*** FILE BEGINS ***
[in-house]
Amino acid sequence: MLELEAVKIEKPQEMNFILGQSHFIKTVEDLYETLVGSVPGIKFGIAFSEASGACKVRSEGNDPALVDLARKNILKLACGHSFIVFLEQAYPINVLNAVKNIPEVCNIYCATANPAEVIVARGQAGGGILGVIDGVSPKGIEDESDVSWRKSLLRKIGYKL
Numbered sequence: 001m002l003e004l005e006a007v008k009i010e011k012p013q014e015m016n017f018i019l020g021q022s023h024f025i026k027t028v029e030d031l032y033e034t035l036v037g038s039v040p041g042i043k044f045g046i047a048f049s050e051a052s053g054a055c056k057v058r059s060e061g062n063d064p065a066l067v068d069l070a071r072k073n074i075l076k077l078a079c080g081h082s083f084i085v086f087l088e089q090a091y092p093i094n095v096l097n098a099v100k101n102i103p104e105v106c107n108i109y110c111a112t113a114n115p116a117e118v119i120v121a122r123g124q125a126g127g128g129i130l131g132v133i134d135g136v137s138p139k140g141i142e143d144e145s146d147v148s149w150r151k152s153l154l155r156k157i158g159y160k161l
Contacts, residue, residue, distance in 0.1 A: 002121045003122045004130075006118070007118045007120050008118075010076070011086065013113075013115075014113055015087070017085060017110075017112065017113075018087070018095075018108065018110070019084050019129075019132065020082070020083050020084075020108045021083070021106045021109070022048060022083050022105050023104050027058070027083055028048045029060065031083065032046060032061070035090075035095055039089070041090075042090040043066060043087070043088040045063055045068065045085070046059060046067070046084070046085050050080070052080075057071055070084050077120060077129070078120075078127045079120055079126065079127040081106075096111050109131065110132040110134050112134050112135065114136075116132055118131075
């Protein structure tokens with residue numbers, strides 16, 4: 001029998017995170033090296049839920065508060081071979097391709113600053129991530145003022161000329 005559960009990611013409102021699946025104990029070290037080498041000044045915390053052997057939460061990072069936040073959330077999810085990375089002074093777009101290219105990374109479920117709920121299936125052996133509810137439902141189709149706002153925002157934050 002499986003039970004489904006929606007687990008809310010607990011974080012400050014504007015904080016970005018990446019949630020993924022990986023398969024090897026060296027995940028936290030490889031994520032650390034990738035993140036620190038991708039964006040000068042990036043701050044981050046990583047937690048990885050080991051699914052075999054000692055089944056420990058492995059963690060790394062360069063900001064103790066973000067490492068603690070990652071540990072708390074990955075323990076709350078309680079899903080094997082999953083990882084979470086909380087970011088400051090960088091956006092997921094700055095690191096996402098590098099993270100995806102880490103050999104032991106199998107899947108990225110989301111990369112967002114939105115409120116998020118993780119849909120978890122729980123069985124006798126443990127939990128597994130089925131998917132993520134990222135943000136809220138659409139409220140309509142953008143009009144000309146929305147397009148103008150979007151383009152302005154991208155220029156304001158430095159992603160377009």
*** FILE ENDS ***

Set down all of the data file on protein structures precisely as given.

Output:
[in-house]
Amino acid sequence: MLELEAVKIEKPQEMNFILGQSHFIKTVEDLYETLVGSVPGIKFGIAFSEASGACKVRSEGNDPALVDLARKNILKLACGHSFIVFLEQAYPINVLNAVKNIPEVCNIYCATANPAEVIVARGQAGGGILGVIDGVSPKGIEDESDVSWRKSLLRKIGYKL
Numbered sequence: 001m002l003e004l005e006a007v008k009i010e011k012p013q014e015m016n017f018i019l020g021q022s023h024f025i026k027t028v029e030d031l032y033e034t035l036v037g038s039v040p041g042i043k044f045g046i047a048f049s050e051a052s053g054a055c056k057v058r059s060e061g062n063d064p065a066l067v068d069l070a071r072k073n074i075l076k077l078a079c080g081h082s083f084i085v086f087l088e089q090a091y092p093i094n095v096l097n098a099v100k101n102i103p104e105v106c107n108i109y110c111a112t113a114n115p116a117e118v119i120v121a122r123g124q125a126g127g128g129i130l131g132v133i134d135g136v137s138p139k140g141i142e143d144e145s146d147v148s149w150r151k152s153l154l155r156k157i158g159y160k161l
Contacts, residue, residue, distance in 0.1 A: 002121045003122045004130075006118070007118045007120050008118075010076070011086065013113075013115075014113055015087070017085060017110075017112065017113075018087070018095075018108065018110070019084050019129075019132065020082070020083050020084075020108045021083070021106045021109070022048060022083050022105050023104050027058070027083055028048045029060065031083065032046060032061070035090075035095055039089070041090075042090040043066060043087070043088040045063055045068065045085070046059060046067070046084070046085050050080070052080075057071055070084050077120060077129070078120075078127045079120055079126065079127040081106075096111050109131065110132040110134050112134050112135065114136075116132055118131075
């Protein structure tokens with residue numbers, strides 16, 4: 001029998017995170033090296049839920065508060081071979097391709113600053129991530145003022161000329 005559960009990611013409102021699946025104990029070290037080498041000044045915390053052997057939460061990072069936040073959330077999810085990375089002074093777009101290219105990374109479920117709920121299936125052996133509810137439902141189709149706002153925002157934050 002499986003039970004489904006929606007687990008809310010607990011974080012400050014504007015904080016970005018990446019949630020993924022990986023398969024090897026060296027995940028936290030490889031994520032650390034990738035993140036620190038991708039964006040000068042990036043701050044981050046990583047937690048990885050080991051699914052075999054000692055089944056420990058492995059963690060790394062360069063900001064103790066973000067490492068603690070990652071540990072708390074990955075323990076709350078309680079899903080094997082999953083990882084979470086909380087970011088400051090960088091956006092997921094700055095690191096996402098590098099993270100995806102880490103050999104032991106199998107899947108990225110989301111990369112967002114939105115409120116998020118993780119849909120978890122729980123069985124006798126443990127939990128597994130089925131998917132993520134990222135943000136809220138659409139409220140309509142953008143009009144000309146929305147397009148103008150979007151383009152302005154991208155220029156304001158430095159992603160377009």